EAPM’s publications are based on a series of multistakeholder expert panels that the organization has held over the past six to seven months. As yesterday (21 June) was the summer solstice, at this precise moment the sun appears directly over the Tropic of Cancer — as far north as it appears in the sky all year — and the sun is clearly shining on EU health policy, with the range of activities ongoing at the moment.
Commission sets date for pharmaceutical legislation proposal
In its pharmaceutical strategy, adopted on 25 November 2020, the European Commission announced that, over the coming years, it would launch several legislative and non-legislative actions. These would include, among others, a revision of the basic pharmaceutical legislation (Directive 2001/83/EC and Regulation (EC) No 726/2004). The evaluation will cover the period from 2005 to present (date covering the last fundamental amendments to the directive and regulation).
In particular, it will assess: the extent to which existing measures can still effectively reply to the problems identified within the pharmaceutical strategy, also taking into account the international context and regulatory developments globally; the coherence and complementarity with other related pieces of legislation, including those on medical devices, medicines for children and rare diseases, the proposal for the European health data space, and the EU blood, tissues and cells legislation; the mechanisms for the continuous and timely adaptation of technical requirements in light of emerging science and technologies, as well as potential administrative burden and complexity linked to the implementation of this legislation.
According to the Commission, the revision of the general pharmaceutical legal framework aims to ensure access to affordable medicines in the EU; foster innovation, including in areas of unmet medical need (such as in antimicrobials); and enhance supply security while adapting to new scientific and technological developments and reducing regulatory burden where possible.
Drawing lessons from the Covid-19 pandemic, it will support a future-proof and crisis-resistant pharmaceuticals system. The roadmap/inception impact assessment was published on 30 March 2021. A feedback period closed on 27 April 2021.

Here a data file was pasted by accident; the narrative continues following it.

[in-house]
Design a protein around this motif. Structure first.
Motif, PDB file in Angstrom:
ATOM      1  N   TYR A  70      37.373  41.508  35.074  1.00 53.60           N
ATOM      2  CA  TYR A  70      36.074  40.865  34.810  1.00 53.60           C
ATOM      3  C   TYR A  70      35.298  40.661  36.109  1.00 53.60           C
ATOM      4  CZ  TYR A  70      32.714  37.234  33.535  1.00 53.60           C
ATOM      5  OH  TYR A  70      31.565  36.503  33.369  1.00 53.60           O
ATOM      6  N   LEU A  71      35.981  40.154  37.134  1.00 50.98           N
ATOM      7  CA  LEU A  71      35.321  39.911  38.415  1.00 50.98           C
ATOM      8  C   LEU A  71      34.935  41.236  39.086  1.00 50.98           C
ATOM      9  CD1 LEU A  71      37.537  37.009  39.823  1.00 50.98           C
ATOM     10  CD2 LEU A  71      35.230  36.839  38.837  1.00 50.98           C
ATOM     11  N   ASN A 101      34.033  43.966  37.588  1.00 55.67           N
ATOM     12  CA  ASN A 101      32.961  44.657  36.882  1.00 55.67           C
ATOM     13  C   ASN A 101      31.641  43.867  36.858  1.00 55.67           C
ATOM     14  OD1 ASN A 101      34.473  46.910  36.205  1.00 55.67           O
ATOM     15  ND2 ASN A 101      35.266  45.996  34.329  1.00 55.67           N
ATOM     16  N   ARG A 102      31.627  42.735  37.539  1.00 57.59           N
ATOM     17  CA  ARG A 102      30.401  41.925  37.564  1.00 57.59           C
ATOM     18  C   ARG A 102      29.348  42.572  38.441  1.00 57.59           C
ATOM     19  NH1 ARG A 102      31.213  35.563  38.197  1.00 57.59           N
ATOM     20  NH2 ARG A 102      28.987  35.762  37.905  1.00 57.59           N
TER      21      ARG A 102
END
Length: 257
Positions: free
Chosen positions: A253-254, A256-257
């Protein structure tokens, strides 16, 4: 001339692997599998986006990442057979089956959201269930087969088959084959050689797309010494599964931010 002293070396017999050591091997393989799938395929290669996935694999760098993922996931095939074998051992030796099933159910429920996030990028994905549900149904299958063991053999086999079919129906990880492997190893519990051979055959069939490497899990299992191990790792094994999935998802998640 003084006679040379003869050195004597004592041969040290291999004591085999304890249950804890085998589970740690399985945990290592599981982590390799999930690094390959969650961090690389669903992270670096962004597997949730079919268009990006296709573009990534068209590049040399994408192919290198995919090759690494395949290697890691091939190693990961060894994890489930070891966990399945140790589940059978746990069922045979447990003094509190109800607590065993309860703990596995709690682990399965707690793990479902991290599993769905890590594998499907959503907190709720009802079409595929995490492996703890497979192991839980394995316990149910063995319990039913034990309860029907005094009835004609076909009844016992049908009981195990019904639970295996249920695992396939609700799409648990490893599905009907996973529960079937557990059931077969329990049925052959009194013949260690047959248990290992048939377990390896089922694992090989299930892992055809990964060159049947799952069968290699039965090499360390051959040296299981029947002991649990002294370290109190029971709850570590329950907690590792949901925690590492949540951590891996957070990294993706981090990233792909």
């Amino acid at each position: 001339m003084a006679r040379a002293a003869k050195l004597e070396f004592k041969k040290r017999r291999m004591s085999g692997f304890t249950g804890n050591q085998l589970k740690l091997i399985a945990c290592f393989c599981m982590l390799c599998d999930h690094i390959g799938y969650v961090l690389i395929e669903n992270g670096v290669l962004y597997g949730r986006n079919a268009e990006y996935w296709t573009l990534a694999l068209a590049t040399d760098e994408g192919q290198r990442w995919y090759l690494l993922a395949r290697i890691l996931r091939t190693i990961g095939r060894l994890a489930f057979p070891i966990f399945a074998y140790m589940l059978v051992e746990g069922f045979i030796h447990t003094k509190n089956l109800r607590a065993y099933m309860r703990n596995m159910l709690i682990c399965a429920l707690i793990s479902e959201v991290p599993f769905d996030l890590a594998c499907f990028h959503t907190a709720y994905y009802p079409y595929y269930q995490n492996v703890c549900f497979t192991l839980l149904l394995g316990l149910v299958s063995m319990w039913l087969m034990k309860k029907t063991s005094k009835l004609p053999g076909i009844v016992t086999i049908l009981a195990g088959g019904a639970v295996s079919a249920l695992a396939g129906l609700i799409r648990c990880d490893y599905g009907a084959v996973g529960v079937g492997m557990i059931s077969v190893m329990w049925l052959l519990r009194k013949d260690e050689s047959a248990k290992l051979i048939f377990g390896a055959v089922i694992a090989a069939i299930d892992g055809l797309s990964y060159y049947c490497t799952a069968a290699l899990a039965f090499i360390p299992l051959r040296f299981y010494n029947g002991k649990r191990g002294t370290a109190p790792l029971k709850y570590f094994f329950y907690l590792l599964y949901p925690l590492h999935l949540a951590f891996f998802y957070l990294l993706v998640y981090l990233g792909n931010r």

This was followed by a public consultation for citizens and stakeholders launched on 28 September 2021 (consultation period till 21 December 2021).
According to the Commission work programme for 2022, published on 19 October 2021, the initiative would be put forward on 21 December 2022.
EAPM will publish an article on the above.
New EU rules to ensure safety of medical devices
Ranging from simple contact lenses and sticking plasters to sophisticated pacemakers and hip replacements, medical devices and in vitro diagnostic medical devices are important to our health and quality of life. People rely on these devices every day and expect them to be safe and incorporate the latest progress in science and innovation. The current rules on the safety and performance of medical devices in the EU were harmonized in the 1990s. To reflect the substantial technological and scientific progress in this sector over the last 20 years, the Commission proposed to update the rules to improve the safety of medical devices for EU citizens, create the conditions to modernise the sector and to consolidate its role as a global leader.
Problems with diverging interpretation of the existing rules as well as certain incidents -e.g. with breast implants and metal hips – highlighted the weaknesses of the current legal system and damaged the confidence of patients, consumers and healthcare professionals in the safety of medical devices. To address this, the Commission proposed two Regulations on medical devices and in vitro diagnostic medical devices in 2012. To ensure harmonised application of the rules throughout the EU, the two new Regulations will replace the three existing Directives on medical devices. The new rules significantly tighten the controls to ensure that medical devices are safe and effective and at the same time foster innovation and improve the competitiveness of the medical device sector.
However, a backlog in the applications to bring medical devices up to date with regulations risks causing shortages, health ministers have warned.
EAPM will publish an article on the above.
EU cancer screening extended to lung and gastric cancer (we hope!!)
Although Europe represents less than 10% of the world’s population, it accounts for a quarter of all cancer cases, and cancer in Europe is the second leading cause of death, right after cardiovascular disorders. Europe’s Beating Cancer Plan was approved in plenary last February and translates the European Parliament’s position on crucial issues to be addressed in order to beat cancer, namely cancer prevention, equal access to cancer care across borders, and a clear European approach addressing medicine shortages. It is known that 40-50% of deaths by cancer could be avoided, and that around 50% are influenced by unknown factors, which means that we do not have a whole and clear picture of this matter.
In Europe’s Beating Cancer Plan, the Commission announced a new cancer screening scheme aiming to help EU countries ensure that 90% of the EU population who qualify for breast, cervical and colorectal cancer screenings are offered screening by 2025. It is time to deliver.
As per the draft recommendation, testing for lung cancer is proposed for former and current heavy smokers aged between 50 to 75 years old. They must have smoked the equivalent of 20 cigarettes per day for 30 years, and either still be smoking, or have quit within the past 15 years.
This was a key issue that EAPM has advocated since 2017 during the Maltese Presidency of the EU.